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Add artful accents to a play table.

Project #1914 • Skill Level: Beginner • Time: 1 Day • Cost: $150

Last Christmas my wife and I introduced our young boys to LEGO. This was a good reminder that there is something really special about spending time with your kids with toys that you grew up with. It’s been incredible seeing how fast they’ve gone from just wanting me to build things for them to smash, to my oldest building kits with minimal assistance.

1. Panels of LEGOS inlayed into the table add a dash of fun to this simple build.

As our collection has grown and my boys became ever more interested in LEGO, I decided they needed a fitting home. I wanted to build something that brought inspiration when you saw it. A table that would draw my boys in when they come home from school rather than settling in with their electronic devices.

Table Construction

2. With the LEGO panel built, trace it to inside of the plywood panel.

I came up with the idea of a simple plywood table with a shelf for storage containers, all pretty standard, but I didn’t stop there. I added a LEGO inlay of sorts. I used panels of LEGO, situated behind some creative cutouts in the base of the table so that it would look like the table was plastered over LEGO that had been worn away. To make the concept more convincing and to challenge myself, some of the inlays were placed in corners.

The table construction is very straightforward. The entire table comes from less than a 4’x8′ sheet of 3/4” plywood. Everything is pocket holed together to keep things simple and they are more than strong enough for a table like this. The corners of the top are rounded for safety and the exposed edges of the plywood get edge banded for a cleaner appearance.

The Cutouts

3. I made the reveal jagged as if the table were plaster laid over bricks that were starting to crumble. Keep in mind that the sharper the angles, the more handwork you’ll have to do.

The first step is building the LEGO panels that will fill the cutouts. To keep the panel together, I used a tiny dab of CA glue between the pieces. It’s important to be conservative and skip the activator. If any of the glue seeps out it will discolor the bricks.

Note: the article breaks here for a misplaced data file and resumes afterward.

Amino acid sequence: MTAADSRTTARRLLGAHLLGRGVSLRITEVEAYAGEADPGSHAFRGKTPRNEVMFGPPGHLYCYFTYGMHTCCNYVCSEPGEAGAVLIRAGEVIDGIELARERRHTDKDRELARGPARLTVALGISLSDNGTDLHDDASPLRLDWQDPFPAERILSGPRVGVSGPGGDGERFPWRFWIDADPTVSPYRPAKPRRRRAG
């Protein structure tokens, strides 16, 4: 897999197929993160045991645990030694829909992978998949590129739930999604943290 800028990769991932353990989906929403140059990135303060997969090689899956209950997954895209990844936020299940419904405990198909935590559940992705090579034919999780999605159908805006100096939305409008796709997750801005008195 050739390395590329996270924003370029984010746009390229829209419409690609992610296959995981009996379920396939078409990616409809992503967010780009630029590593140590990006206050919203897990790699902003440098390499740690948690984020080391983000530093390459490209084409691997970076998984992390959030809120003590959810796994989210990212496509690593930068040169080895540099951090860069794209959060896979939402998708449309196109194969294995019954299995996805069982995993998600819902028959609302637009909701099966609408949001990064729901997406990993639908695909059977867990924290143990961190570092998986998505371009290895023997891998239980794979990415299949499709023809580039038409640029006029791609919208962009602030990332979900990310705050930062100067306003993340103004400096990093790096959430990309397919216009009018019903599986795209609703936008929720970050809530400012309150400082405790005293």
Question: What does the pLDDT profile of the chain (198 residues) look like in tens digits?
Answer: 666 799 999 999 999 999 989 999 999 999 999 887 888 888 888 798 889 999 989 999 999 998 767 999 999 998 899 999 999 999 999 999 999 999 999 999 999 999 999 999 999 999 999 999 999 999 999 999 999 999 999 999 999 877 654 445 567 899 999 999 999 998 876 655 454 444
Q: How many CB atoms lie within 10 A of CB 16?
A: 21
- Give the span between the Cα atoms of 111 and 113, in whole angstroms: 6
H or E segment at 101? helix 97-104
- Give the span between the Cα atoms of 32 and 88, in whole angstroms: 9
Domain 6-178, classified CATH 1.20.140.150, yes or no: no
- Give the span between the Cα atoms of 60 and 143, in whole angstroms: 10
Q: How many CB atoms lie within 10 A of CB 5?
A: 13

With the panel built, it is easy to experiment to find the spot where the inlay will look good. Once I decided on a location, I traced the outline of the layout onto the inside face of the plywood. That marks the location of the pocket the inlay will fit in and provides boundaries for sketching the shape of the reveal that’ll be on the other side.

4. Drill a hole to give yourself a starting point and proceed slowly, making relief cuts as necessary.

When sketching the reveal, it is important to leave room between the boundary line and the reveal so there will be material to glue the inlay to. I opted to sketch my reveal in a very jagged and angular shape that had a diagonal direction. My inspiration was how grout lines crack on an old brick building.

Fitting the inlay into the plywood is four easy steps. First is cutting out the reveal. The easiest way to do that is with a jigsaw. Just drill a few holes to put the blade in to get started and then cut away following the sketch.

5. A downcut spiral bit and a guide will allow your LEGO inlay to appear closer to the surface on the front side of your panel.

Second is routing out the pocket that the inlay will sit in. A downcut spiral bit set to the depth of the inlay will minimize tear out and a trim router makes for easy control. This is where making the inlay a rectilinear shape keeps things easy because it should mostly be following straight lines with very few corners to contend with. If following a line freehand isn’t your thing, just clamp down an edge guide to follow. The inside corners can be squared off with a chisel.

Third is chamfering the reveal. This really opens it up and makes the inlays look a lot better. The fastest way is to use a trim router. A bearing bit makes following the pattern really easy but prevents the bit from really getting into the corners. So, I used a v-bit and just freehanded the shape. This could also be done with files and rasps.

6. Route as much as you can on the front with a bearing guided bit. I got into the corners with a v-bit working freehand.

Last is securing the inlay into position. I made the pockets snug so the inlays would friction fit but added some CA glue for insurance and to make sure my boys can’t push them out.

Though it may seem intimidating to inlay LEGO in wood, I hope you realize that it is just a few simple steps using techniques and tools you are probably familiar with.

Caleb is the maker behind YouCanMakeThisToo, a source of confidence, knowledge, and inspiration for anyone who wants to make the ordinary a little extraordinary. His work can be found at

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